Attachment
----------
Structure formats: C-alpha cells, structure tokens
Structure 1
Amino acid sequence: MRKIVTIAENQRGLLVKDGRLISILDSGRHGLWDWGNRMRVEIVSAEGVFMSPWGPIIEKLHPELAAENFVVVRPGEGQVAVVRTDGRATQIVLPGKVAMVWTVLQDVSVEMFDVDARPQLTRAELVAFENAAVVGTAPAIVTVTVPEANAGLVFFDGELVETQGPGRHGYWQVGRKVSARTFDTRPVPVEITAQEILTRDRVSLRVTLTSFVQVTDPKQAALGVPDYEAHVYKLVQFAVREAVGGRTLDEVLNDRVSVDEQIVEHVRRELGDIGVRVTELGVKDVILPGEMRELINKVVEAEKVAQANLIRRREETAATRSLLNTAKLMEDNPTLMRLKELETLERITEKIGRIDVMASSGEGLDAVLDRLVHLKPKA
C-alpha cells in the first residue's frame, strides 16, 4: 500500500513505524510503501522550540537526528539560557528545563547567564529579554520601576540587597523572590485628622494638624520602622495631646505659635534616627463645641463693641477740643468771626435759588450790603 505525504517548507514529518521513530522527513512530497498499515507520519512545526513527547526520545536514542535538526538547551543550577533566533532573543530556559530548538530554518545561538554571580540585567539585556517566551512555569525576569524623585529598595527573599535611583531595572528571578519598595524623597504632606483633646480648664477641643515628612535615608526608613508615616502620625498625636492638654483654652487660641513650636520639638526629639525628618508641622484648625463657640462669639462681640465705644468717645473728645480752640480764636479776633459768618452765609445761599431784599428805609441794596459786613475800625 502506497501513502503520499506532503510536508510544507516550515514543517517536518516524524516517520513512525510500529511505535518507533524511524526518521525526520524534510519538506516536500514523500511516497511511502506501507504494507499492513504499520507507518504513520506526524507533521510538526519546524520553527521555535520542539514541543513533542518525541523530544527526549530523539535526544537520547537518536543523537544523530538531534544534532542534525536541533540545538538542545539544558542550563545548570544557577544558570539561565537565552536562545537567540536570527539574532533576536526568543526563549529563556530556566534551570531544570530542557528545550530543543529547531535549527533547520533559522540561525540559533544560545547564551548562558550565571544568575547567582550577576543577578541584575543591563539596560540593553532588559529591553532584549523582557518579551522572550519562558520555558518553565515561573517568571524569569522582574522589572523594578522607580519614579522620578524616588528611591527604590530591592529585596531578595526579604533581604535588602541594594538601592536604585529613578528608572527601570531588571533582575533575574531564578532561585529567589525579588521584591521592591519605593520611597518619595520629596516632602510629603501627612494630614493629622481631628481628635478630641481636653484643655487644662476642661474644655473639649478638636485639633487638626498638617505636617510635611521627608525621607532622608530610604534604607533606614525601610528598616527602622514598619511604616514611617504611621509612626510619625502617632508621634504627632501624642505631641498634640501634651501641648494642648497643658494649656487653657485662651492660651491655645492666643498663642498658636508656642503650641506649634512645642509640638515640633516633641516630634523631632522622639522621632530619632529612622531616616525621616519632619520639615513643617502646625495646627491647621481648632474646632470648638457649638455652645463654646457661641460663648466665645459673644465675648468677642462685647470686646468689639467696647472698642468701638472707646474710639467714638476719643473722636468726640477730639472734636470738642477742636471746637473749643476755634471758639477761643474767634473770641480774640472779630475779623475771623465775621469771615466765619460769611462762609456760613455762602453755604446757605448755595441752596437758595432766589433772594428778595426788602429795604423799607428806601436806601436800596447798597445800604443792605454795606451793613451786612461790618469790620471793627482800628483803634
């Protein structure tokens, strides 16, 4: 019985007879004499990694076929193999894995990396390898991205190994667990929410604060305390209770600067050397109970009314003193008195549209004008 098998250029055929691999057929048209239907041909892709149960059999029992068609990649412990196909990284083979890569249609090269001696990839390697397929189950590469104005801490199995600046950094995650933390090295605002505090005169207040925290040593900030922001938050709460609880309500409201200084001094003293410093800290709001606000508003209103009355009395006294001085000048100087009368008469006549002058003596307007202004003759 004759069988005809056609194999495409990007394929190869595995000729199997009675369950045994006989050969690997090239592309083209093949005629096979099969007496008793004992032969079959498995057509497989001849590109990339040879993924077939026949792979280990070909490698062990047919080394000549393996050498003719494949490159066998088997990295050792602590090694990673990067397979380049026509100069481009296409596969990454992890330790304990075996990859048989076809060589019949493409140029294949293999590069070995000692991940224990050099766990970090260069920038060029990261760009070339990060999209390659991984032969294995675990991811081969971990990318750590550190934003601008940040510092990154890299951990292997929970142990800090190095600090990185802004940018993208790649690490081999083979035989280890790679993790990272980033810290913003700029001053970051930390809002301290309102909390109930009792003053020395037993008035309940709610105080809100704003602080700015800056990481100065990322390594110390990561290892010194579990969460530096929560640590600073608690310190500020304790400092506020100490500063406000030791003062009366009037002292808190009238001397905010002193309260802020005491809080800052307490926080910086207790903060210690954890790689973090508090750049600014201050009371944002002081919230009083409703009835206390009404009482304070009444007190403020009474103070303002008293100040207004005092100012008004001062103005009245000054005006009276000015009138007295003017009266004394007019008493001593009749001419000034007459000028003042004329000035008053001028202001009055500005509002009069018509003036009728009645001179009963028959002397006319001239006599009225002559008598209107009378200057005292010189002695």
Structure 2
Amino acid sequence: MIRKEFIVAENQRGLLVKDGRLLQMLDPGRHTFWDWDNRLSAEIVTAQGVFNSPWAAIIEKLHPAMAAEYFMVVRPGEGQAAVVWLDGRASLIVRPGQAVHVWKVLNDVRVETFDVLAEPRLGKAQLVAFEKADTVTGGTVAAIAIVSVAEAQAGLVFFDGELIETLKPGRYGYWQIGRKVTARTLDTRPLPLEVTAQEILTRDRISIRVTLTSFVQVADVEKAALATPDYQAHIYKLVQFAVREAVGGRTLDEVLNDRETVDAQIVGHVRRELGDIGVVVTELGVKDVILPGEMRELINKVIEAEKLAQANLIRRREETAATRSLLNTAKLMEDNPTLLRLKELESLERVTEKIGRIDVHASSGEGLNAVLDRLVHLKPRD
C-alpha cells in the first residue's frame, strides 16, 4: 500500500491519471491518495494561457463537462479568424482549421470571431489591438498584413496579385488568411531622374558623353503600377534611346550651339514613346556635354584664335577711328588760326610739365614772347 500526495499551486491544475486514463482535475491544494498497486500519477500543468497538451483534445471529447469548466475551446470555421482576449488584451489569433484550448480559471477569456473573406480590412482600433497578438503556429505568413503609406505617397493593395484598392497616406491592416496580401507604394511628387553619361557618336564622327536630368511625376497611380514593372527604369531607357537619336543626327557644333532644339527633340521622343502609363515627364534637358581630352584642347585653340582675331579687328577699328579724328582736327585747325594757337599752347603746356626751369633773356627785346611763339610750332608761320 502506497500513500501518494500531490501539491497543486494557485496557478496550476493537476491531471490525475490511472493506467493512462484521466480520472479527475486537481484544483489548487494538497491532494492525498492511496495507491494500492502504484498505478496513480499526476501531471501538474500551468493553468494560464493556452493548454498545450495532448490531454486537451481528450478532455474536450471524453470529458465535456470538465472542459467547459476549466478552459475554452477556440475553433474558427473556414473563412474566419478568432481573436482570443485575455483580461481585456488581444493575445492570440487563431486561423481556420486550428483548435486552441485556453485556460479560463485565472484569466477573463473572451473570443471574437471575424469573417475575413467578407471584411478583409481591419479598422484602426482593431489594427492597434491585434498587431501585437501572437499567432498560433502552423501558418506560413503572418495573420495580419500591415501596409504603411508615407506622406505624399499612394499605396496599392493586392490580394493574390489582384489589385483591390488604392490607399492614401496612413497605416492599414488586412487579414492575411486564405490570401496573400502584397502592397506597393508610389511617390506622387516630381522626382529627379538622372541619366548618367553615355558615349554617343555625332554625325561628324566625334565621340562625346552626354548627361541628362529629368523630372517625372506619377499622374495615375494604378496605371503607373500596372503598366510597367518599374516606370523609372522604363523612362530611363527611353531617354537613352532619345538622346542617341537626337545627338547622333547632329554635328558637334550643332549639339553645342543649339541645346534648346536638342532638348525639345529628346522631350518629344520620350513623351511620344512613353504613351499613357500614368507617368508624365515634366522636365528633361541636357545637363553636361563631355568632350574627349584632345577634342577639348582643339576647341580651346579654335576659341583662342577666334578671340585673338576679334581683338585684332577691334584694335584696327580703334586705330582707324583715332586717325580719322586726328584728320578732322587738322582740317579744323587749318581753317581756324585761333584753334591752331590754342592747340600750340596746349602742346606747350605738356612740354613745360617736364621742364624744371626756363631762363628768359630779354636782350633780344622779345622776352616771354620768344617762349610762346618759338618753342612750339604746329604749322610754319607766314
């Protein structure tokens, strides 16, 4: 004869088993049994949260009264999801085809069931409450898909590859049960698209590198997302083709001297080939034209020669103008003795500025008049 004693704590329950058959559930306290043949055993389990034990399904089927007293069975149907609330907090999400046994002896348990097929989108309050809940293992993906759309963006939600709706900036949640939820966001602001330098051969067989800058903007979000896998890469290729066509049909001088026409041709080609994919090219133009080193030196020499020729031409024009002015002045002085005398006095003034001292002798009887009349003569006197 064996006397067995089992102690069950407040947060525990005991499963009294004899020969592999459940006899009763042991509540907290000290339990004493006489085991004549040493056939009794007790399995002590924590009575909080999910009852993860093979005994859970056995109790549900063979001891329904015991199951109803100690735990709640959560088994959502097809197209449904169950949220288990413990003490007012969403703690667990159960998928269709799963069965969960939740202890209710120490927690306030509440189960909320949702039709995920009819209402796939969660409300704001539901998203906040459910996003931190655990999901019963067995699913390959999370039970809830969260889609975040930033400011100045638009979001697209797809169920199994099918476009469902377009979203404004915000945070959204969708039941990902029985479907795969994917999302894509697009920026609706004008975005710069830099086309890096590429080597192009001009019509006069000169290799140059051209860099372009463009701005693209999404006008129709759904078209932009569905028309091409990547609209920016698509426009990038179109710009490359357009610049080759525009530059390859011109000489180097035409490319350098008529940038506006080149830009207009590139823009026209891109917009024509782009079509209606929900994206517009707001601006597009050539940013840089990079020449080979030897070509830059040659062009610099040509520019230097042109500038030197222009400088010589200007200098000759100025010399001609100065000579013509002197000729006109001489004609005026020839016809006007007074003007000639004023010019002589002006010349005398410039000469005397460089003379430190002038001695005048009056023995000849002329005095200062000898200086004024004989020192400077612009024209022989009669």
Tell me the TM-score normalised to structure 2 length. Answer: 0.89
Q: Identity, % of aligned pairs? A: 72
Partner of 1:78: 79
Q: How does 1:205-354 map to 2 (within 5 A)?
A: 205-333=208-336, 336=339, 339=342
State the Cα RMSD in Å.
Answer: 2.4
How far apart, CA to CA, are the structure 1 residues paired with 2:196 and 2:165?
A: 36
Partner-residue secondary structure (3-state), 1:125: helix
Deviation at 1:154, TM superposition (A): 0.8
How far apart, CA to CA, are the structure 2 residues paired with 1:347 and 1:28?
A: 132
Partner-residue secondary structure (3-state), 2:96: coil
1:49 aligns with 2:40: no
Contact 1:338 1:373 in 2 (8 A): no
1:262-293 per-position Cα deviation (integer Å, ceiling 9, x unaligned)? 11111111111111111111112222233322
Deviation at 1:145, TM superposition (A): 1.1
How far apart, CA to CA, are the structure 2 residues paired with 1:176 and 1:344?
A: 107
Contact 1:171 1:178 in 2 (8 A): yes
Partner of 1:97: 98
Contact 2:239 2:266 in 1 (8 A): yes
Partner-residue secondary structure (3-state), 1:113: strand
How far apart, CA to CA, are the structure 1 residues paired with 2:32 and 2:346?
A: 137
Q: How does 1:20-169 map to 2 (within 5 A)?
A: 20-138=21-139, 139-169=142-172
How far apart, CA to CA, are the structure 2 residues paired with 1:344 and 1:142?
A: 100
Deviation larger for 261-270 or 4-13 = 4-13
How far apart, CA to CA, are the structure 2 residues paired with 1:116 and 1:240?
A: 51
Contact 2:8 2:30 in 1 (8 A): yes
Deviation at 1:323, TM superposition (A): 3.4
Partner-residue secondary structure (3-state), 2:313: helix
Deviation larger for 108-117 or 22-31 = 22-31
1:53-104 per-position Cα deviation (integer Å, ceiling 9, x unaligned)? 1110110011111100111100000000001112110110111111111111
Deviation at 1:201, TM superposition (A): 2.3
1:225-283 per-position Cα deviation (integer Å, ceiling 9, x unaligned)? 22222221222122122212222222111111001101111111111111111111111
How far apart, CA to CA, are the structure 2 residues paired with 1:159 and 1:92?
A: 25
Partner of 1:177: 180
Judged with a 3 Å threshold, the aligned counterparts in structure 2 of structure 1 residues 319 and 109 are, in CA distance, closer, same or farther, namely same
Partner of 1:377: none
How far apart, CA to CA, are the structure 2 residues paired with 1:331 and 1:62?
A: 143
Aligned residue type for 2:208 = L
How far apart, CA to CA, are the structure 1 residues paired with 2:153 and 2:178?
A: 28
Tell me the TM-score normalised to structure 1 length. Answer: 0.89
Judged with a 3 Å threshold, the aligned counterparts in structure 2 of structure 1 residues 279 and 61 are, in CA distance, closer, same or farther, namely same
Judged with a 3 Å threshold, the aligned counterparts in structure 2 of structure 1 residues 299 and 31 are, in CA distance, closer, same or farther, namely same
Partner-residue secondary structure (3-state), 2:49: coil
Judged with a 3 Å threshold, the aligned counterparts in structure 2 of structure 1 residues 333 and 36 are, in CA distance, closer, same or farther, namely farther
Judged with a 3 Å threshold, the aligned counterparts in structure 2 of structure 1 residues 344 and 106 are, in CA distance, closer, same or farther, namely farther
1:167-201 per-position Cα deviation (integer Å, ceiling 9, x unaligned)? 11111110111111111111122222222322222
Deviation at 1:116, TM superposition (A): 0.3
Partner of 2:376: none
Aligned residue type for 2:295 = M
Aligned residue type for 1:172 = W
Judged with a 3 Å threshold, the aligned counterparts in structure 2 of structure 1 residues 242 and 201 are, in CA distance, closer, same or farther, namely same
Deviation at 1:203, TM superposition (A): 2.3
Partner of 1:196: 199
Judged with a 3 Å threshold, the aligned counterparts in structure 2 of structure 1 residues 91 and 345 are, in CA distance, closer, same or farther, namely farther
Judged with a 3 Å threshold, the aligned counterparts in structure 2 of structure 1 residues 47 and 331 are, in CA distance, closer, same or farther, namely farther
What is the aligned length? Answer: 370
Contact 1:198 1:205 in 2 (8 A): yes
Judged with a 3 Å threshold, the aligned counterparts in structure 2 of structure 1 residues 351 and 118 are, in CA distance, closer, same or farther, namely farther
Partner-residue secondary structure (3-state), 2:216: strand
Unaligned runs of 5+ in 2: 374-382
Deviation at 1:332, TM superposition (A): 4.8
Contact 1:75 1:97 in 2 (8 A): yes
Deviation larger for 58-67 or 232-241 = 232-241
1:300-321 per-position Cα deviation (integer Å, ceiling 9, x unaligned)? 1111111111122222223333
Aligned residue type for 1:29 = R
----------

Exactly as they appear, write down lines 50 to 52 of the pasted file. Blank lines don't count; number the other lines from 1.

How far apart, CA to CA, are the structure 2 residues paired with 1:159 and 1:92?
A: 25
Partner of 1:177: 180